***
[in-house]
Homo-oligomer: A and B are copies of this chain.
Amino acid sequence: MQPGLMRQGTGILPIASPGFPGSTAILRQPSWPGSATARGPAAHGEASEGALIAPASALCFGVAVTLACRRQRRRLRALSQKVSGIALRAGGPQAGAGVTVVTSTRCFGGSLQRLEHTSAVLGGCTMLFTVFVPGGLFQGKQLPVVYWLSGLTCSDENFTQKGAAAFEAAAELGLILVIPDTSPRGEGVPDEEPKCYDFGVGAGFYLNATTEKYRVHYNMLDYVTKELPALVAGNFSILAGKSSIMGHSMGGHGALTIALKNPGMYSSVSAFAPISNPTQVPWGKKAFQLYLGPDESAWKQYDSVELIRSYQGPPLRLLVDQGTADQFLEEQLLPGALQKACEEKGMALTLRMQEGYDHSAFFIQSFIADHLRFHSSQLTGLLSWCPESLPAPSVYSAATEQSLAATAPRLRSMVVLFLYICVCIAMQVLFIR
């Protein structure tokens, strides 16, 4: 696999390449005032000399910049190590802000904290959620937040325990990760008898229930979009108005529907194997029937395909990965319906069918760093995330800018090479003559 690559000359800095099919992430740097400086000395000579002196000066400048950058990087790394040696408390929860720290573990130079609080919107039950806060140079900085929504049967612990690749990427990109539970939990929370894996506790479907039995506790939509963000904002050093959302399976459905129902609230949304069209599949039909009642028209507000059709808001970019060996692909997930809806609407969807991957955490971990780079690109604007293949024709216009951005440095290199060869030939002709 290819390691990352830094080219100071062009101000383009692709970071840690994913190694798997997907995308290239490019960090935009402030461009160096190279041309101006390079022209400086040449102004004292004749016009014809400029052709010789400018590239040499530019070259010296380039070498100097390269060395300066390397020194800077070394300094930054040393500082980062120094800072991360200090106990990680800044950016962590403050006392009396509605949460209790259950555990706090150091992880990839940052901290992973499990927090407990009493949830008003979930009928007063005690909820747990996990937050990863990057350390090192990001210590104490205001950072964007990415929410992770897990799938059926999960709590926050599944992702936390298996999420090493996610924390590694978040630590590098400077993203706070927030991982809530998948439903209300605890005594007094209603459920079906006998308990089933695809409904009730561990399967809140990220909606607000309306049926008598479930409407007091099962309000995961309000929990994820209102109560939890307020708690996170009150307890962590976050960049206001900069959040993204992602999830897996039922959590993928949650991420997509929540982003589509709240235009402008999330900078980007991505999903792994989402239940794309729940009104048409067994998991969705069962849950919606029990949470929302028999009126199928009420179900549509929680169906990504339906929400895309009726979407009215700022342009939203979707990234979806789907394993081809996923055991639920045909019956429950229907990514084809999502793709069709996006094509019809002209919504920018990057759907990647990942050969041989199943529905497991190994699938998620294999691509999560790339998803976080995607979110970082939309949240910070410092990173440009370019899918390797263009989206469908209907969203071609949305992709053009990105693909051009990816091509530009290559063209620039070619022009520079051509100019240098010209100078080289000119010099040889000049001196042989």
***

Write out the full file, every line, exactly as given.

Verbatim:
[in-house]
Homo-oligomer: A and B are copies of this chain.
Amino acid sequence: MQPGLMRQGTGILPIASPGFPGSTAILRQPSWPGSATARGPAAHGEASEGALIAPASALCFGVAVTLACRRQRRRLRALSQKVSGIALRAGGPQAGAGVTVVTSTRCFGGSLQRLEHTSAVLGGCTMLFTVFVPGGLFQGKQLPVVYWLSGLTCSDENFTQKGAAAFEAAAELGLILVIPDTSPRGEGVPDEEPKCYDFGVGAGFYLNATTEKYRVHYNMLDYVTKELPALVAGNFSILAGKSSIMGHSMGGHGALTIALKNPGMYSSVSAFAPISNPTQVPWGKKAFQLYLGPDESAWKQYDSVELIRSYQGPPLRLLVDQGTADQFLEEQLLPGALQKACEEKGMALTLRMQEGYDHSAFFIQSFIADHLRFHSSQLTGLLSWCPESLPAPSVYSAATEQSLAATAPRLRSMVVLFLYICVCIAMQVLFIR
């Protein structure tokens, strides 16, 4: 696999390449005032000399910049190590802000904290959620937040325990990760008898229930979009108005529907194997029937395909990965319906069918760093995330800018090479003559 690559000359800095099919992430740097400086000395000579002196000066400048950058990087790394040696408390929860720290573990130079609080919107039950806060140079900085929504049967612990690749990427990109539970939990929370894996506790479907039995506790939509963000904002050093959302399976459905129902609230949304069209599949039909009642028209507000059709808001970019060996692909997930809806609407969807991957955490971990780079690109604007293949024709216009951005440095290199060869030939002709 290819390691990352830094080219100071062009101000383009692709970071840690994913190694798997997907995308290239490019960090935009402030461009160096190279041309101006390079022209400086040449102004004292004749016009014809400029052709010789400018590239040499530019070259010296380039070498100097390269060395300066390397020194800077070394300094930054040393500082980062120094800072991360200090106990990680800044950016962590403050006392009396509605949460209790259950555990706090150091992880990839940052901290992973499990927090407990009493949830008003979930009928007063005690909820747990996990937050990863990057350390090192990001210590104490205001950072964007990415929410992770897990799938059926999960709590926050599944992702936390298996999420090493996610924390590694978040630590590098400077993203706070927030991982809530998948439903209300605890005594007094209603459920079906006998308990089933695809409904009730561990399967809140990220909606607000309306049926008598479930409407007091099962309000995961309000929990994820209102109560939890307020708690996170009150307890962590976050960049206001900069959040993204992602999830897996039922959590993928949650991420997509929540982003589509709240235009402008999330900078980007991505999903792994989402239940794309729940009104048409067994998991969705069962849950919606029990949470929302028999009126199928009420179900549509929680169906990504339906929400895309009726979407009215700022342009939203979707990234979806789907394993081809996923055991639920045909019956429950229907990514084809999502793709069709996006094509019809002209919504920018990057759907990647990942050969041989199943529905497991190994699938998620294999691509999560790339998803976080995607979110970082939309949240910070410092990173440009370019899918390797263009989206469908209907969203071609949305992709053009990105693909051009990816091509530009290559063209620039070619022009520079051509100019240098010209100078080289000119010099040889000049001196042989």